As Costs Fall, Companies Push to Raise Internet Price
Internet service providers want to end the all-you-can-eat plans and get their customers paying à la carte.
But they are having a hard time closing the buffet line.
Faced with rising consumer protest and calls from members of Congress for new regulations, Time Warner Cable backed down last week from a plan to impose new fees on heavy users of its Road Runner Internet service.
The debate over the price of Internet use is far from over. Critics say cable and phone companies are already charging far more than Internet providers in other countries. Some also wonder whether the new price plans are meant to prevent online video sites from cutting into the lucrative revenue from cable TV service.
Cable executives say the issue is not competition but cost. People who watch or download a lot of movies and TV shows use hundreds of times more Internet capacity than those who simply read e-mail and browse the Web. It is only fair, they argue, that heavy users should pay more.
“When you go to lunch with a friend, do you split the bill in half if he gets the steak and you have a salad?” Landel C. Hobbs, the chief operating officer of Time Warner Cable, asked recently in a blog post defending the company’s now abandoned plan.
Still, critics say the image of Internet providers as restaurants about to go broke serving an endless line of gluttons simply does not match the financial or technological realities of the industry.
They point out that providers’ profit margins are stable, and that investment in network equipment is generally falling.
These plans to charge for above-average Internet use “are unjustifiable for almost everywhere in the country except for rural America,” Richard F. Doherty, the research director of the Envisioneering Group, a consulting firm that studies cable technology.
Cable or telephone networks have little in common with a restaurant, the critics say, because there is no electronic equivalent of food to buy. If all Time Warner customers decided one day not to check their e-mail or download a single movie, the company’s costs would be no different than on a day when every customer was glued to the screen watching one YouTube video after another.
That is because their networks are constantly being expanded to handle ever-greater peak periods. It is the modern equivalent of how the old AT&T was said to have built the long-distance network to handle the number of calls expected on Mother’s Day.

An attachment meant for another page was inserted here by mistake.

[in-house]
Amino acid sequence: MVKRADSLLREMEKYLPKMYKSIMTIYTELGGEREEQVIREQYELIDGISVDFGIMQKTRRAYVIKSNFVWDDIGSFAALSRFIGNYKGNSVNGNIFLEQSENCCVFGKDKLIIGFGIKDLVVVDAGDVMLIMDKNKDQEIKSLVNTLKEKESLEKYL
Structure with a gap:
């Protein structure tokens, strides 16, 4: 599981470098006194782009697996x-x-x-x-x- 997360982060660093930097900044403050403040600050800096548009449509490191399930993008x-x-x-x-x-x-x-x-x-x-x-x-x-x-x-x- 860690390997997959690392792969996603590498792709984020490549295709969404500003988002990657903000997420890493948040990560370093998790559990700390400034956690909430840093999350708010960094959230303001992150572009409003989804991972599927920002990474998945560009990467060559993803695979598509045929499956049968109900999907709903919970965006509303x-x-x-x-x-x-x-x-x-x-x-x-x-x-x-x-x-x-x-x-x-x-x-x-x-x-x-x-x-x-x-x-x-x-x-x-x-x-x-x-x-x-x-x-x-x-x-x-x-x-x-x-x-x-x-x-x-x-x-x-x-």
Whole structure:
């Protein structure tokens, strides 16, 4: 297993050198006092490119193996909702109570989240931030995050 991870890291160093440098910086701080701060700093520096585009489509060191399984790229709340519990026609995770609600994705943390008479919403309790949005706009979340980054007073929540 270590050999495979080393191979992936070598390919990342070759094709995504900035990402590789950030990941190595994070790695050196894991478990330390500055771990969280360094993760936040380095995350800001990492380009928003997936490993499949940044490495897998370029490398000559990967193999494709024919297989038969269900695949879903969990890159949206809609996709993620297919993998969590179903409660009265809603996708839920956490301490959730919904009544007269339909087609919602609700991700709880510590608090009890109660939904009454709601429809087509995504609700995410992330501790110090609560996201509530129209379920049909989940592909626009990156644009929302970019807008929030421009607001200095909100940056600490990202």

“All of our economics are based on engineering for the peak hour,” said Tony Werner, the chief technical officer of Comcast. “Just because someone consumes more data doesn’t mean they drive more cost.”
Yet even as the providers continually upgrade their networks, the cost of the equipment needed to do so is shrinking steadily, reflecting the well-worn economics of computing.
Indeed, the equipment needed to add capacity to any household costs a fraction of one month’s Internet service bill. Comcast, the nation’s largest cable provider, has told investors that doubling the Internet capacity of a neighborhood costs an average of $6.85 a home.
The cost of providing Internet service is about to fall even more, as cable companies install new technology, called Docsis 3, that will both increase their capacity and allow them to offer much faster download speeds.
So far, however, companies in the United States have chosen to use Docsis 3 as an opportunity to offer far more expensive Internet plans. Comcast has introduced a new 50-megabit-per-second service at $139 a month, compared with its existing service that costs about $45 a month for 8 megabits per second. Time Warner just announced it will charge $99 for 50 megabits per second.
By contrast, JCom, the largest cable company in Japan, sells service as fast as 160 megabits per second for $60 a month, only $5 a month more than its slower service.
Why so cheap? JCom faces more competition from other Internet providers than companies in the United States do.
Cable systems in the United States use the same technology and have roughly the same costs. Comcast told investors that the hardware to provide 50-megabits-per-second service costs less than it had been paying for the equipment for 6 megabits per second.
Questions about the speed, availability and affordability of Internet service in the United States will be central to the study Congress has required from the Federal Communications Commission next year. And cable and phone executives are worried that the commission may call for more regulation of Internet service, which currently is free from any government price controls.
Time Warner Cable abandoned its plan to expand a test of what it called “usage-based pricing” in four cities after Senator Charles E. Schumer, Democrat of New York, announced his opposition to the idea in a meeting with Glenn A. Britt, the company’s chief executive.